Don’t suffer in silence, it’s time to start talking about your health.
20 years ago, the hugely popular sitcom Father Ted first aired in the UK. Three years later, it was abruptly halted after its eponymous star Dermot Morgan died suddenly of a heart attack aged just 45. His co-star Ardal O’Hanlon said Morgan knew he had a medical condition. “But he was ignoring it, like men do. We think it’ll be fine, it’ll go away. He just didn’t want anyone to know.”
Bottling up thoughts and feelings seems to come quite naturally to men. At some point, every single one of us has brushed off a health concern as “nothing” and dads are usually the guiltiest party, whether it’s not wanting to appear weak in front of loved ones or being too stubborn to admit something is wrong. However, communicating with our partners is just as important for our health as our diet or whether we smoke, if not more.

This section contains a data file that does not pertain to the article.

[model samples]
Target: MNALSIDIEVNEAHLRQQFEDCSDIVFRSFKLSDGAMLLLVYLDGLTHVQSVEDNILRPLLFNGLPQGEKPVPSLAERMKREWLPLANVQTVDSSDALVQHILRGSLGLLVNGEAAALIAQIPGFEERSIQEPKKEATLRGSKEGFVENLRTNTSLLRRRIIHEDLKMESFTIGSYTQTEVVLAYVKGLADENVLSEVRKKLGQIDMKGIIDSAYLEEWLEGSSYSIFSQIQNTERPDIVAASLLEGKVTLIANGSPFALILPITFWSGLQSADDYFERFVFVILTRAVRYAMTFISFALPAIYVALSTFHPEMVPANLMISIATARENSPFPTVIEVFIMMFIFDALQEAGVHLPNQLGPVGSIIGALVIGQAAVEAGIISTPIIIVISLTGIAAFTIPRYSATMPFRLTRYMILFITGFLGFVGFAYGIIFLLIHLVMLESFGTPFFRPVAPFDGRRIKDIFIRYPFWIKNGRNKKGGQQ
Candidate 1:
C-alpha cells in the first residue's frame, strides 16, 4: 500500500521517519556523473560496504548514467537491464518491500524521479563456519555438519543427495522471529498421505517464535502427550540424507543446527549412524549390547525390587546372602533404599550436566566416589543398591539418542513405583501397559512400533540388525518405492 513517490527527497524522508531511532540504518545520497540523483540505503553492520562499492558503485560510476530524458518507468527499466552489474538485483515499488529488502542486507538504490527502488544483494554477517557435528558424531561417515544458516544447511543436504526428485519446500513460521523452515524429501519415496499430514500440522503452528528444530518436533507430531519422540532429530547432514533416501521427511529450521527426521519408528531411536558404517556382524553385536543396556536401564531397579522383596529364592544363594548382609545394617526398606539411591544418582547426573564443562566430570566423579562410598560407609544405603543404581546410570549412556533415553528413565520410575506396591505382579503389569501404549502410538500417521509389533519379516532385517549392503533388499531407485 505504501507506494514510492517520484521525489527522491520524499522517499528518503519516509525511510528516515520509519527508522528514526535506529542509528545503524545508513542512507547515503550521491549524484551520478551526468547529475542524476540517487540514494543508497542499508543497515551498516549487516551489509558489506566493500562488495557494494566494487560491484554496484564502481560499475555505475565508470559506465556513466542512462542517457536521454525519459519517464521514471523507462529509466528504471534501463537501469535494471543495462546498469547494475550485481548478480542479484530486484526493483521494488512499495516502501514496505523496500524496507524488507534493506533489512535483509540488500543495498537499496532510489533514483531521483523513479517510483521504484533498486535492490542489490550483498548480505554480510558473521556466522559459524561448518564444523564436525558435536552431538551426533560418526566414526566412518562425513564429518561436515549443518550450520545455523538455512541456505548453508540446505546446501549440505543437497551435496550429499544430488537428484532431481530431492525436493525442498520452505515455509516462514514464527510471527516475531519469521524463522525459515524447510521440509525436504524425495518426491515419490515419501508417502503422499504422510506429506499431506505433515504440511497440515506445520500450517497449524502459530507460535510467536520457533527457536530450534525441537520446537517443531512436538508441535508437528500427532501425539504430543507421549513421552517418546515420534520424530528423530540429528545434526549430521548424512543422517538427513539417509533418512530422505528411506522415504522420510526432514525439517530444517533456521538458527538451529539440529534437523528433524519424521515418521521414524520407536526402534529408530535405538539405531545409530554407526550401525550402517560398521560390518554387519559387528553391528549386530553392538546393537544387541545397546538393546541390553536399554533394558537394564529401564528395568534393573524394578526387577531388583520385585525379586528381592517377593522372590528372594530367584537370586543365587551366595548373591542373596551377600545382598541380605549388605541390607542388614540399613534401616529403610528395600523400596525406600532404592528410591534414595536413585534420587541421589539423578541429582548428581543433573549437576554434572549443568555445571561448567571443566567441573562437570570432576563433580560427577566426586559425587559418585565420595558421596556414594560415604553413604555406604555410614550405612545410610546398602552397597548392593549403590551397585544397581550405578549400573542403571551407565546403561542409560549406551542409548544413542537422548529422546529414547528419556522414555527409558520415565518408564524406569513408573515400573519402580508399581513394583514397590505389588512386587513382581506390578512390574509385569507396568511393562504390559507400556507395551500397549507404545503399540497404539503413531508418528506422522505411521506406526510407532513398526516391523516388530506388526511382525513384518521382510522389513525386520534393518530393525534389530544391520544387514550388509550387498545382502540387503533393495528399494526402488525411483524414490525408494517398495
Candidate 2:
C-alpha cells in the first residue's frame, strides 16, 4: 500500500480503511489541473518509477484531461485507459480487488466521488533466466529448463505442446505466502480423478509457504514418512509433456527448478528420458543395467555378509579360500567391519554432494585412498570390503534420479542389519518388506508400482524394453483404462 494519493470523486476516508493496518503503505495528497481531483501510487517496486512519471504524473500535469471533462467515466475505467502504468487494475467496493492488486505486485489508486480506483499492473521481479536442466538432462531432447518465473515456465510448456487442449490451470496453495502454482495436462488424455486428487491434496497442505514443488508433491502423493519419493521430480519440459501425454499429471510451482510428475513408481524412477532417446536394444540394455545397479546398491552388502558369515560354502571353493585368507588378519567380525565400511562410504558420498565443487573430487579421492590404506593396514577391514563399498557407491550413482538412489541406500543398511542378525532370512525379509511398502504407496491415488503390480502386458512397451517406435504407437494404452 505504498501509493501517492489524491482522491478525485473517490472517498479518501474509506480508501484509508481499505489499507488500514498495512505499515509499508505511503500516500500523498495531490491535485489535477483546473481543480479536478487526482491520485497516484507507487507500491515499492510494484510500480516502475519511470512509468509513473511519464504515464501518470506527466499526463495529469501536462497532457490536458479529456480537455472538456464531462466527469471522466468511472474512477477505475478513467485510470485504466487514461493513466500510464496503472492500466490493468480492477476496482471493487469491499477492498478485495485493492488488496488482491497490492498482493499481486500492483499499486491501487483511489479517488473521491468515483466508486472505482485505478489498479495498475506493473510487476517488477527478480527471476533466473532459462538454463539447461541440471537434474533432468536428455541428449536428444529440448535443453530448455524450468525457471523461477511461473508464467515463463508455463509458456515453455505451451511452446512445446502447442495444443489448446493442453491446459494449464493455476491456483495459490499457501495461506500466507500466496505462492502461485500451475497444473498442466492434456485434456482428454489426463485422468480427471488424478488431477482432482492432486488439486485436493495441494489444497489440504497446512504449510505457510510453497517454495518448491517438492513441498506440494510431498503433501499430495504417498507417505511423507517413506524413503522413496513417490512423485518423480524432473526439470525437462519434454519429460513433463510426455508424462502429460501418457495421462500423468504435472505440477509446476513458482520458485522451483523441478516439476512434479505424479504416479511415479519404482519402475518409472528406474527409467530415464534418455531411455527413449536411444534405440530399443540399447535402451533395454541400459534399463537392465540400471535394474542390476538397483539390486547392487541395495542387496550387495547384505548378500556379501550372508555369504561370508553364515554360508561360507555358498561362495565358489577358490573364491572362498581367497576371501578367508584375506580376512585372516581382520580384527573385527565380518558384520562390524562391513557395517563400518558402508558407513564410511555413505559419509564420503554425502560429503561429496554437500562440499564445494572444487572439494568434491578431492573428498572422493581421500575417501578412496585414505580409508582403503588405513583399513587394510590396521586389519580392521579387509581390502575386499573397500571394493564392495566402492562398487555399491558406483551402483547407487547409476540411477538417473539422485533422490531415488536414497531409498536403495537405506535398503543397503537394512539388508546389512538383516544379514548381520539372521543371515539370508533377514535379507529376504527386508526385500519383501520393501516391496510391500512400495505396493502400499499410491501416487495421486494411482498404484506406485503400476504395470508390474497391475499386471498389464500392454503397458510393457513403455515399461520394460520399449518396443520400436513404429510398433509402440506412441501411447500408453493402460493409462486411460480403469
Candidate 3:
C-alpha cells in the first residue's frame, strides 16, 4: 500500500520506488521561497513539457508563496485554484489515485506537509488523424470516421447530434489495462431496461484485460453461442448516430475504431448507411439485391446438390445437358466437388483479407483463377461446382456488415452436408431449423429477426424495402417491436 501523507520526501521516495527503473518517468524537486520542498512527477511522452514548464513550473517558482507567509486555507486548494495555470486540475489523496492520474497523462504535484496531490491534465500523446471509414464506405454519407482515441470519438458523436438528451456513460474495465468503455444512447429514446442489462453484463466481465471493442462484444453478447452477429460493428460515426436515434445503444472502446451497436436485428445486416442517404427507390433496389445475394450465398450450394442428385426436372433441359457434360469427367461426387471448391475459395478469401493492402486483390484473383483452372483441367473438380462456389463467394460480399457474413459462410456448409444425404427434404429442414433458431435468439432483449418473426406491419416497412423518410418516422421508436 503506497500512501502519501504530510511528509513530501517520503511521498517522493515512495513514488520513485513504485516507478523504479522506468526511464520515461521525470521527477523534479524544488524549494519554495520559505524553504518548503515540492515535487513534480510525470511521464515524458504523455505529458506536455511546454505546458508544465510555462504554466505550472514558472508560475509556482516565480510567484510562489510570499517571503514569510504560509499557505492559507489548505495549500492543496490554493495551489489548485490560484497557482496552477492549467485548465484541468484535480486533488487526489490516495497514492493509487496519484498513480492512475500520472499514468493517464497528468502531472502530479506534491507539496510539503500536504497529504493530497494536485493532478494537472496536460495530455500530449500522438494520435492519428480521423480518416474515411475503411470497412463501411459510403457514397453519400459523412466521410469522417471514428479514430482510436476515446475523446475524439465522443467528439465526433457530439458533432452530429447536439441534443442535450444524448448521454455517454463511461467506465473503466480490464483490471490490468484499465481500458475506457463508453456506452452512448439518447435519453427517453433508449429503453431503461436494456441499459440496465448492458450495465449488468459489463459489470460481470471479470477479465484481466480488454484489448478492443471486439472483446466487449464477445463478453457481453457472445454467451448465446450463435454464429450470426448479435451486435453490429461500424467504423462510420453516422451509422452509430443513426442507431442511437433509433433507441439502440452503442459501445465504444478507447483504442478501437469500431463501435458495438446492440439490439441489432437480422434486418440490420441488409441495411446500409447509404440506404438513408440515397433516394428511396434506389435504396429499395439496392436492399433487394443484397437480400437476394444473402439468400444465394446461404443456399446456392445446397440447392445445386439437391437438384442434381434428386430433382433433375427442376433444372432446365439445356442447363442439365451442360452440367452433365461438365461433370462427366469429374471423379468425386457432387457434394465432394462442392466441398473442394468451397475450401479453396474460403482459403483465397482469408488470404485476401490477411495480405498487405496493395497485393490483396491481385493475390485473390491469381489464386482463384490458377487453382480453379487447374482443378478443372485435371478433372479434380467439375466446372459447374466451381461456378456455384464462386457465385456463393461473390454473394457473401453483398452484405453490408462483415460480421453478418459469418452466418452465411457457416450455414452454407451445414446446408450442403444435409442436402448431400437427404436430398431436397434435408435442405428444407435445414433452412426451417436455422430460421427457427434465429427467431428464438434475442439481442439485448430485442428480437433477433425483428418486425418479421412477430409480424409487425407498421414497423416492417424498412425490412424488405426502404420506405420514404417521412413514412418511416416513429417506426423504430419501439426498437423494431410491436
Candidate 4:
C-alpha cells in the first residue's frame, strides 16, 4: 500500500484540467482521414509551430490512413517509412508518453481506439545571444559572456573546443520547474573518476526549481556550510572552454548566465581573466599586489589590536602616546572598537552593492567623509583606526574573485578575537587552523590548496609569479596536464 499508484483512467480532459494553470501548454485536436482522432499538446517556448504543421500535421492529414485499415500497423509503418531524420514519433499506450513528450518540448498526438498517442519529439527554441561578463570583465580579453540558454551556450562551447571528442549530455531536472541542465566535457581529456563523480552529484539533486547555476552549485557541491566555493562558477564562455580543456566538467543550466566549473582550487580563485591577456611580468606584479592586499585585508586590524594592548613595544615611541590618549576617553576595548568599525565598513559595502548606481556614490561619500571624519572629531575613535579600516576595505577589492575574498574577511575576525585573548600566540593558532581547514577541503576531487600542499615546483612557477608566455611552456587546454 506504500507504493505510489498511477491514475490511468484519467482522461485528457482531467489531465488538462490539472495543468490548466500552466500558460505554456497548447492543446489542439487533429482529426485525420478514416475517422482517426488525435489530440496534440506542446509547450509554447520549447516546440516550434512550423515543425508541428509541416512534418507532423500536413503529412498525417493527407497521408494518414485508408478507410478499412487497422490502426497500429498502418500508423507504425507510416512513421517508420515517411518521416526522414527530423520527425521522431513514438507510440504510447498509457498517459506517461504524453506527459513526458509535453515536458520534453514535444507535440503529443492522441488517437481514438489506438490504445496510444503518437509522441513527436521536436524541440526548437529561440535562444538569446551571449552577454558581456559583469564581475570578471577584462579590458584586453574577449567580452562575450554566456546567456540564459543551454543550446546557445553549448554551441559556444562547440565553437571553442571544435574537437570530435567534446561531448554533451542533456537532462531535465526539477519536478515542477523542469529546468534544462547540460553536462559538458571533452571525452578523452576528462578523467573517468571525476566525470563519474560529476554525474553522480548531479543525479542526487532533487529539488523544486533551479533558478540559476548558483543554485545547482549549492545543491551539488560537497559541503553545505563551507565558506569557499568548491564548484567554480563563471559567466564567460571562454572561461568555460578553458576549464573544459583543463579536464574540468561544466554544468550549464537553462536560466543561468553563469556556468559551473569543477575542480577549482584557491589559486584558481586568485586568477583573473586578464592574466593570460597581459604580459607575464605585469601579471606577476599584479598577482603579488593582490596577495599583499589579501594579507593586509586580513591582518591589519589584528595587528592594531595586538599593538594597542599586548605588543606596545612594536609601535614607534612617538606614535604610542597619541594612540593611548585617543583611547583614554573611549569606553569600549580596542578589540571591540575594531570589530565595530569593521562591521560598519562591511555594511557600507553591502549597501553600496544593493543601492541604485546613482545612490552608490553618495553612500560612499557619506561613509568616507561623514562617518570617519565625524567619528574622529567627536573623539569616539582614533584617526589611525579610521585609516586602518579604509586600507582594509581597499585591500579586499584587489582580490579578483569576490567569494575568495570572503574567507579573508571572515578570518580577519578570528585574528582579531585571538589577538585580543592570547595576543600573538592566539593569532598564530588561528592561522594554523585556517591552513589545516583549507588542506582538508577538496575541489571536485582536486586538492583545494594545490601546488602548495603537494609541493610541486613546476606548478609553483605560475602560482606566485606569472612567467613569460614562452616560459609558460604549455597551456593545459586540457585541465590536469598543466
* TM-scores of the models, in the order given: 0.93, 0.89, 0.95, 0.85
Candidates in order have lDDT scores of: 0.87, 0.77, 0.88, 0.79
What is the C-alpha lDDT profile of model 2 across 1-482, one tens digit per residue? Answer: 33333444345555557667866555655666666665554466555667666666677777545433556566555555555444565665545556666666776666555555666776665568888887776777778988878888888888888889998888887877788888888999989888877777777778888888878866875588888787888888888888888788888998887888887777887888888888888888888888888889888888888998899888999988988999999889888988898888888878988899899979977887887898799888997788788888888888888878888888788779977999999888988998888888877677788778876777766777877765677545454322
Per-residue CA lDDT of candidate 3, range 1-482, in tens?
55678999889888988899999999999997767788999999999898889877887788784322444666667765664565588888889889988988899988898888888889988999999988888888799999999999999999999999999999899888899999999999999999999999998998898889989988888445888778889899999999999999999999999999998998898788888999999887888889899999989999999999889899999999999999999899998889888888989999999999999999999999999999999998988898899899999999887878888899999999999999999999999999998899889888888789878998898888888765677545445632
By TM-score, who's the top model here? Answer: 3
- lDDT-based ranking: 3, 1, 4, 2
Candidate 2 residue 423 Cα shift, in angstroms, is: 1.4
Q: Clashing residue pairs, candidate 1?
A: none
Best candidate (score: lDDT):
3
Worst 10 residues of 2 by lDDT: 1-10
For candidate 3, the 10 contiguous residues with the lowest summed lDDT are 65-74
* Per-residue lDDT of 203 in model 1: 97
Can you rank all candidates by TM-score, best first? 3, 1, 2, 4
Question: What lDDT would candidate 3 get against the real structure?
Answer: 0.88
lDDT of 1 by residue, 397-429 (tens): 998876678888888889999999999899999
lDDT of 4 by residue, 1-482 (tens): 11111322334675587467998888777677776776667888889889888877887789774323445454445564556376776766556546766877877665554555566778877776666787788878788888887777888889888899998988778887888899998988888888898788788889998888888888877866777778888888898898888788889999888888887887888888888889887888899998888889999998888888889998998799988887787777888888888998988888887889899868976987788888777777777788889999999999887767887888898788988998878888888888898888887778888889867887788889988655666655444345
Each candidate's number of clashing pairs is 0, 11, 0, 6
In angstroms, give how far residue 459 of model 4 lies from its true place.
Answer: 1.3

Perhaps part of the apprehension is the fear that a long term health condition – such as cancer or depression – could pile a great deal of pressure on those around us. This may be the case, but equally, it’s our family and friends who can help make the journey better. In fact, those of us with strong relationships are 50% more likely to survive life-threatening illness than people who do not have that support.
“We know men in relationships are more likely to seek help for health problems than single men because their female partners encourage them to”, says Relate counsellor Peter Saddington. “But life can get in the way – things like fatherhood and work can mean our health isn’t always our top priority.”
Read the full article and discover expert tips from Relate here.